Rossini’s overture to Semiramide is among his most admired works. It demands virtuosic playing from the orchestra, the wind in particular, and contains some of Rossini’s most engaging melodies. Although it feels like an overture to a comedy, it actually precedes a tragic tale based on a novel by Voltaire. It will be conducted by the winner of the CCSO’s biennial Young Conductors’ Competition.
The soloist in the monumental Piano Concerto No. 1 by Johannes Brahms is Julian Trevelyan, a young English pianist who has already won many awards and accolades. The concerto is a firm favourite among performers and listeners. It started life as a symphony but after Brahms had scored it for two pianos, he opted for the concerto format.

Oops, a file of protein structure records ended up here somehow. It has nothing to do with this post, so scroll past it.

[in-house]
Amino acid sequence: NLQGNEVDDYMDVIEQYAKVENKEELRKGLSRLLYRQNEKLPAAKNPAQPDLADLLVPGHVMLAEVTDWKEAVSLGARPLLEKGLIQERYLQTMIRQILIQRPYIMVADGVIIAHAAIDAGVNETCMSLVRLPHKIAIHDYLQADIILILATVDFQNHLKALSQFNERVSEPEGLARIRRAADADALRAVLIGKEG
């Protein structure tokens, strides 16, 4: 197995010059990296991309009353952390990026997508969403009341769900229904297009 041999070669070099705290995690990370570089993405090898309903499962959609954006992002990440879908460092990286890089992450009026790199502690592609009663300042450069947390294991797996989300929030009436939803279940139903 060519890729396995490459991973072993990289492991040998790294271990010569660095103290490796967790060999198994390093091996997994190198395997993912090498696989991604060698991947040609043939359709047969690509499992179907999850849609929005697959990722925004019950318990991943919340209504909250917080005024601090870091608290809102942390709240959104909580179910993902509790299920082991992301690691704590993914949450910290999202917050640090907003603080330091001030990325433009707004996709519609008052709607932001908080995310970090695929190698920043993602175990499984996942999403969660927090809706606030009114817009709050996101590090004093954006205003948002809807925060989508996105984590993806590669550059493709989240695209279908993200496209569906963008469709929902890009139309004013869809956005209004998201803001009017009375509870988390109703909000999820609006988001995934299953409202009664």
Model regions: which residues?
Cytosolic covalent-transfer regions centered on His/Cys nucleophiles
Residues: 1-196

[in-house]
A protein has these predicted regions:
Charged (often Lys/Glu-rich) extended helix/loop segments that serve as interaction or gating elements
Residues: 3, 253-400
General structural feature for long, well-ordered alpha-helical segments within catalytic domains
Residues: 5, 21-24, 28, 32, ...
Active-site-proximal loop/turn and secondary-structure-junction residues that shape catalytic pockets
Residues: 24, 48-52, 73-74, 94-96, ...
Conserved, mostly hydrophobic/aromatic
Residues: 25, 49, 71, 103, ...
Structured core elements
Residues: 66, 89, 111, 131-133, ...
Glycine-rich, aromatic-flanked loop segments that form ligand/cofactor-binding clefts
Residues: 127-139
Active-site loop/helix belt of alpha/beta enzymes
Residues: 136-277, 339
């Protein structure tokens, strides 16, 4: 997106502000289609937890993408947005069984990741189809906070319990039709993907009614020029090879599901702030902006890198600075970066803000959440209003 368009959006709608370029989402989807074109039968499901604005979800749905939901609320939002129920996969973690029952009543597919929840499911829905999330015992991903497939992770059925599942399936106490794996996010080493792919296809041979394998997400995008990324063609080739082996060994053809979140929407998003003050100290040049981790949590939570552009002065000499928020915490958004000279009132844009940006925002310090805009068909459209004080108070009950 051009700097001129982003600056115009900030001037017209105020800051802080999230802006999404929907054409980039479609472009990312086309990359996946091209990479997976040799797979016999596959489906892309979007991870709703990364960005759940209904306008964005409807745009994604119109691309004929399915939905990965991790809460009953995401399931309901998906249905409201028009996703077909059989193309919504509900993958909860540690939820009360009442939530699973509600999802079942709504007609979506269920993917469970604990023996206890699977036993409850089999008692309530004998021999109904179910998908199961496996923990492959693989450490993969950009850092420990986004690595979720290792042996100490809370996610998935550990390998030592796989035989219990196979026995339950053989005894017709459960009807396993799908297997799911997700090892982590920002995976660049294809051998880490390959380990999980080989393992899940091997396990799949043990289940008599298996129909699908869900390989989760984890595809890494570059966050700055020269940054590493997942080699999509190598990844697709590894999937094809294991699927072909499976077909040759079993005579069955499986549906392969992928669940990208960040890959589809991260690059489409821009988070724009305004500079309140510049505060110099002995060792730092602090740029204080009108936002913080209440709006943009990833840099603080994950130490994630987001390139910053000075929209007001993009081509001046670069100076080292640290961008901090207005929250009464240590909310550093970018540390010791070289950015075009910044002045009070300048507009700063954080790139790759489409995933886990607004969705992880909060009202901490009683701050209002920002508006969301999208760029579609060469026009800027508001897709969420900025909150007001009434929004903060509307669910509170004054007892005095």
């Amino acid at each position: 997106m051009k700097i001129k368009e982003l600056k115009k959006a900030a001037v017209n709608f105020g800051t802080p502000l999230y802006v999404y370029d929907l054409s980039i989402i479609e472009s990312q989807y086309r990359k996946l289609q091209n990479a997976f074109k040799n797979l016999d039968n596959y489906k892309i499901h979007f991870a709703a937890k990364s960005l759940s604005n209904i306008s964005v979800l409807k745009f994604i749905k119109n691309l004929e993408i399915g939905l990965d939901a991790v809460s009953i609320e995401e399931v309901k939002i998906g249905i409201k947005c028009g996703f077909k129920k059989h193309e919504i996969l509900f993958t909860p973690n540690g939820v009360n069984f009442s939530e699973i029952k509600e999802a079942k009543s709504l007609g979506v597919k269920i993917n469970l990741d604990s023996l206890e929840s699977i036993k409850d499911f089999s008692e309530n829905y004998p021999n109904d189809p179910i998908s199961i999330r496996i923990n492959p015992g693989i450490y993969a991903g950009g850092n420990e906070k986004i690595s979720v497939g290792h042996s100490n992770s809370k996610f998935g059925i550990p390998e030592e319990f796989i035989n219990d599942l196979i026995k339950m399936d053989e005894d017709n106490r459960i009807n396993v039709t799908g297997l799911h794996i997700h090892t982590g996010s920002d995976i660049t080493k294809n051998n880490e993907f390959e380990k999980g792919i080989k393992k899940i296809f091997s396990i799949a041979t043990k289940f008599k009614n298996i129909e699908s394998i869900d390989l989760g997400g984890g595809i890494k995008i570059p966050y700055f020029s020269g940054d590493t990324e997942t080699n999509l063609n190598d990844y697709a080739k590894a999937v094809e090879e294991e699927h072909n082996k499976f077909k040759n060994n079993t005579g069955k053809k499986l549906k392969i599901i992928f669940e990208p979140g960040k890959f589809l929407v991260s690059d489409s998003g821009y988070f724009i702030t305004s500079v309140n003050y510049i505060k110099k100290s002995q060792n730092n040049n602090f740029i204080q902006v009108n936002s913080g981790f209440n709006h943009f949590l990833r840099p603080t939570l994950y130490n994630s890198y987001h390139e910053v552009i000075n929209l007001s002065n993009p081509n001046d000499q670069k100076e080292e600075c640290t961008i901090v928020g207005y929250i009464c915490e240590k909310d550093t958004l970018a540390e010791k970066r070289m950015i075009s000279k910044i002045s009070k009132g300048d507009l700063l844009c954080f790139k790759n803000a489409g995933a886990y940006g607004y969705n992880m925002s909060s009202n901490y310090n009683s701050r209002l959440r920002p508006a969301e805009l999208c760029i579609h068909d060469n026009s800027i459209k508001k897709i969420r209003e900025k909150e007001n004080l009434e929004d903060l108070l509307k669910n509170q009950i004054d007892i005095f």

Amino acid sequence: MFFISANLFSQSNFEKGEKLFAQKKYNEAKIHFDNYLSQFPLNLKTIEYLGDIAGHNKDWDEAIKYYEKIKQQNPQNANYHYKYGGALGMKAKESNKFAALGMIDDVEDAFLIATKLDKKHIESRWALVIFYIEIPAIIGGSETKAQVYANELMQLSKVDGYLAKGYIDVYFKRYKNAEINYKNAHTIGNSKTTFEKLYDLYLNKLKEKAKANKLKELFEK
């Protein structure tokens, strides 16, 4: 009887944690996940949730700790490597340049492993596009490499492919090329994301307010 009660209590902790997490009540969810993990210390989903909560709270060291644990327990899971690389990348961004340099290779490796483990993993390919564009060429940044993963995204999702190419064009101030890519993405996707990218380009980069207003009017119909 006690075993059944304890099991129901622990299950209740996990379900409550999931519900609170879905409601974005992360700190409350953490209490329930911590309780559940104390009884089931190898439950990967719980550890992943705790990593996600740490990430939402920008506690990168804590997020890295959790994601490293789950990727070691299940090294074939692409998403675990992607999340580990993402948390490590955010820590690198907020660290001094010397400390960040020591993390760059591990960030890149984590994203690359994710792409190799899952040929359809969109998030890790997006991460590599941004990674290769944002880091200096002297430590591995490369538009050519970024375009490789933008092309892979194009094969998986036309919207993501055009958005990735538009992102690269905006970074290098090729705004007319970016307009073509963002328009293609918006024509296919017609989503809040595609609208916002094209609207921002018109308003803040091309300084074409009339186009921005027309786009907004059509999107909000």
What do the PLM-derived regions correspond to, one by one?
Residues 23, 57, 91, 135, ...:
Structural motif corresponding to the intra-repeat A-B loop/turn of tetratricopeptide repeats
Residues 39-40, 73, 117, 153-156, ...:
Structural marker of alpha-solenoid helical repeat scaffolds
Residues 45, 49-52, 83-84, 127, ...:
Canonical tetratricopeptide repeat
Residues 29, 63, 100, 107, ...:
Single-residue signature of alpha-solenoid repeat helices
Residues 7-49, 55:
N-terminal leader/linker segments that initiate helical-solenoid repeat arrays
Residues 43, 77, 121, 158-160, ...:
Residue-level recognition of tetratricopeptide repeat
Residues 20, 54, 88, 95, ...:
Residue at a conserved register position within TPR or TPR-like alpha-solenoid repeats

Symphony No. 5 by Sibelius, first performed in 1915, is among the best-loved of 20th century compositions. For many, it seems to paint a picture of the dramatic Finnish landscape, at the same time expressing some of the anxiety shared by the Finnish people during those turbulent years: a world war raging and ominous threats from neighbouring Russia on the brink of revolution. Even so, a note of optimism can be felt and shared, openly expressed in the magnificent hymn-like peroration.